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Drug Courts. Drug Courts – The National Perspective. Presentation by the Virginia Drug Treatment Court Advisory Committee: Planning and Development Sub-committee June 2008. Drug Courts – The National Perspective. Do Drug Courts reduce recidivism? Are Drug Courts cost effective?

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drug courts the national perspective

Drug Courts – The National Perspective

Presentation by the Virginia Drug Treatment Court Advisory Committee:

Planning and Development

Sub-committee

June 2008

drug courts the national perspective1
Drug Courts – The National Perspective
  • Do Drug Courts reduce recidivism?
  • Are Drug Courts cost effective?
  • Do Drug Courts reduce substance abuse and save lives?
  • Where are Drug Courts in the United States?
  • Who support Drug Courts nationally?
drug courts reduce recidivism

Drug Courts Reduce Recidivism

Drug Courts reduce crime by an average of 8% to 26%, with most estimates from 9% to 14%. Well-functioning drug courts reduce crime rates by 35% and the effects last at least 3 years.

drug courts reduce recidivism1
Statistics based on 5 meta-analyses of drug courts.

Meta-analysis – scientists statistically average the effects of a program over numerous research studies.

The meta-analyses of drug courts involve at least 5 experimental studies, dozens of quasi-experimental studies, and dismantling studies.

Drug Courts Reduce Recidivism
drug courts reduce recidivism2
Drug Courts Reduce Recidivism
  • In addition to dismantling studies, there have been matching effects studies.
  • Few, if any, other criminal justice programs come close to this level of scrutiny. [Painting the Current Picture: A National Report Card on Drug Courts and Other Problem-Solving Court Programs in the United States, BJA, May 2008, Vol. II, No. 1]
drug courts reduce recidivism other studies
Drug Courts reduce recidivism – other studies
  • 2001 Columbia University’s Nat’l Center on Addiction and Substance Abuse: Study based on a review of 37 evaluations (updated 2000 study, 48 other evaluations)– average recidivism rate for those who complete Drug Court is between 4% and 29%, compared to 48% for those who do not participate in a Drug Court program.
drug courts reduce recidivism other studies1
Drug Courts reduce recidivism – other studies
  • 9 Adult Drug Courts in California – re-arrest rates over a 4 year period were 29% for drug court participants and 17% for drug court graduates, compared to 41% for similar drug offenders who did not participate in drug court. [Carey, Finigan, Crumpton & Waller, 2006]
drug courts reduce recidivism other studies2
Drug Courts reduce recidivism – other studies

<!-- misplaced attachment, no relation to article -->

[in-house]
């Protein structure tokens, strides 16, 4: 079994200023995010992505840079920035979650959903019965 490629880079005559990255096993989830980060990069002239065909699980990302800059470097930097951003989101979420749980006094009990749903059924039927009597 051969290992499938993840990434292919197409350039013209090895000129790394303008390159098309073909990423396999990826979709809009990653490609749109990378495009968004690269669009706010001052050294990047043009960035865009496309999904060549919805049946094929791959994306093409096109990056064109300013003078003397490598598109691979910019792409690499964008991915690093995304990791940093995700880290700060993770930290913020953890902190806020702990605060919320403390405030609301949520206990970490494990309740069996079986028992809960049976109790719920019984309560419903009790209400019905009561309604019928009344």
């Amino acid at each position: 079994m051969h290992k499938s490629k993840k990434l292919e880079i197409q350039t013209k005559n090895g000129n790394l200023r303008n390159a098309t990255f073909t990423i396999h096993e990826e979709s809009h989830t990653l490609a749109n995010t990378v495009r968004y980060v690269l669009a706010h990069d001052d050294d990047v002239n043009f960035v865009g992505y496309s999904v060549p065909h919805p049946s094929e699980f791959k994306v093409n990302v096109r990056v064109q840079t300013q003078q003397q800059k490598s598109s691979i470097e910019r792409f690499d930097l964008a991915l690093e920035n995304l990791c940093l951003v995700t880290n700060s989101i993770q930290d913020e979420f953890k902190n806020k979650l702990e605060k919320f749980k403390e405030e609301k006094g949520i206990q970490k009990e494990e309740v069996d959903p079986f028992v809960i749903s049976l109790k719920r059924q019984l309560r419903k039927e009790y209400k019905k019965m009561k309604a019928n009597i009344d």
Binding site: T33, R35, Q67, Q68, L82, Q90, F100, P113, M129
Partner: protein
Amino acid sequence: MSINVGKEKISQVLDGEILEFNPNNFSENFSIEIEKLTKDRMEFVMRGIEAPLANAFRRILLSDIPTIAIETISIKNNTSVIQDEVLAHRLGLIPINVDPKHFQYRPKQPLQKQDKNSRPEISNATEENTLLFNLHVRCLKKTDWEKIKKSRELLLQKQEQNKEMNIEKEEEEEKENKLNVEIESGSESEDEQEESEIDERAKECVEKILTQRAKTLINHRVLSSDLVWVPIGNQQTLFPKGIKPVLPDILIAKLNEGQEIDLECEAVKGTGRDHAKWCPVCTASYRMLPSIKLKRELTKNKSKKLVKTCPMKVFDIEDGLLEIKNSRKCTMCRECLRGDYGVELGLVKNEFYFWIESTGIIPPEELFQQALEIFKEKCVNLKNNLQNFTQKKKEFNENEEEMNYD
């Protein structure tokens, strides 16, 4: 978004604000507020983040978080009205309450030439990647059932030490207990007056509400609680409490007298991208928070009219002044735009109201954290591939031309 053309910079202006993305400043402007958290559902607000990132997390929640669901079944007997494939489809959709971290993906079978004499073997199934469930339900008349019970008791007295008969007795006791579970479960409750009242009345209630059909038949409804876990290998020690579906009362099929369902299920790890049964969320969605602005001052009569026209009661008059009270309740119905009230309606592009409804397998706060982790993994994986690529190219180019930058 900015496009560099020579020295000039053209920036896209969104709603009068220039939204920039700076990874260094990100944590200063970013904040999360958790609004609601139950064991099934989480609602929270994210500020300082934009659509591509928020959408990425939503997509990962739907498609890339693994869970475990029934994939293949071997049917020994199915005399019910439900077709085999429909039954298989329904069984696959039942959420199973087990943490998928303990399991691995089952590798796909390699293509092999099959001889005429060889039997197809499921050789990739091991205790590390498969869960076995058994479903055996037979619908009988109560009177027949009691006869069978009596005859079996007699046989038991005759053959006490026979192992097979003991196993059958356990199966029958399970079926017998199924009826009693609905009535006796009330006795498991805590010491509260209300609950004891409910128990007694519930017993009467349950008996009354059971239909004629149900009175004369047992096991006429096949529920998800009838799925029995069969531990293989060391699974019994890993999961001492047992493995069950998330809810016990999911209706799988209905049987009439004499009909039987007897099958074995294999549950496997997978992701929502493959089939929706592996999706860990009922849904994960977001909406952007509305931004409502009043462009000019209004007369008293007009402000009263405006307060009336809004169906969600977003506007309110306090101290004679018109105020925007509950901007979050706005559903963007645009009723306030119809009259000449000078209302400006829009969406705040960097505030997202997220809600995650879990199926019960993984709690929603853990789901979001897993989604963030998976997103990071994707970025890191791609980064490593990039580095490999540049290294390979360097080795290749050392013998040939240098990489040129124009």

• 4 Adult Drug Courts in Massachusetts – drug court participants were 13% less likely to be re-arrested, 34% less likely to be re-convicted, and 24% less likely to be re-incarcerated than probationers who had been carefully matched to the drug court participants using sophisticated “propensity score” analyses [Rhodes, Kling, & Shively, 2006].
drug courts reduce recidivism3
Drug Courts Reduce Recidivism
  • The most rigorous and conservative estimate of the effect of any program is derived from meta-analyses.
  • The figures are averages, and include programs that were poorly implemented, targeted to the wrong people, or had only recently opened their doors.
drug courts reduce recidivism other studies3
Drug Courts reduce recidivism – other studies
  • Recent long-term evaluation of a Portland, Oregon Drug Court found that crime was reduced by 30% over 5 years, and effects on crime were still detectable 14 years from the time of arrest [Finigan, Carey & Cox, 2007]
drug courts reduce recidivism other studies4
Drug Courts reduce recidivism – other studies
  • ABA Summer 2004 study of 6 NY drug courts (Bronx, Brooklyn, Queens, Suffolk County, Syracuse and Rochester)
  • The 6 drug courts reduced the reconviction rate by an average of 29% over 3 years after the initial arrest.
  • Over one year post-program, the reconviction rate was 71% less for graduates compared with nonparticipants across the 6 courts.
drug courts are cost effective
Drug Courts are cost effective
  • Incarceration of drug using offenders costs between $20,000 and $50,000 per person, per year. The capital costs of building a prison cell can be as high as $80,000. A comprehensive drug court system typically costs between $2,500 and $4,000 annually for each offender. NADCP, The Facts on Drug Courts [available at www.nadcp.org].
drug courts are cost effective1
Drug Courts are cost effective
  • Results of several large-scale, rigorous cost analyses of adult drug court programs: For every $1,000 invested in adult drug courts, communities reaped approximately $2 to $4 in benefits, totaling roughly $3,000 to $12,000 per participant.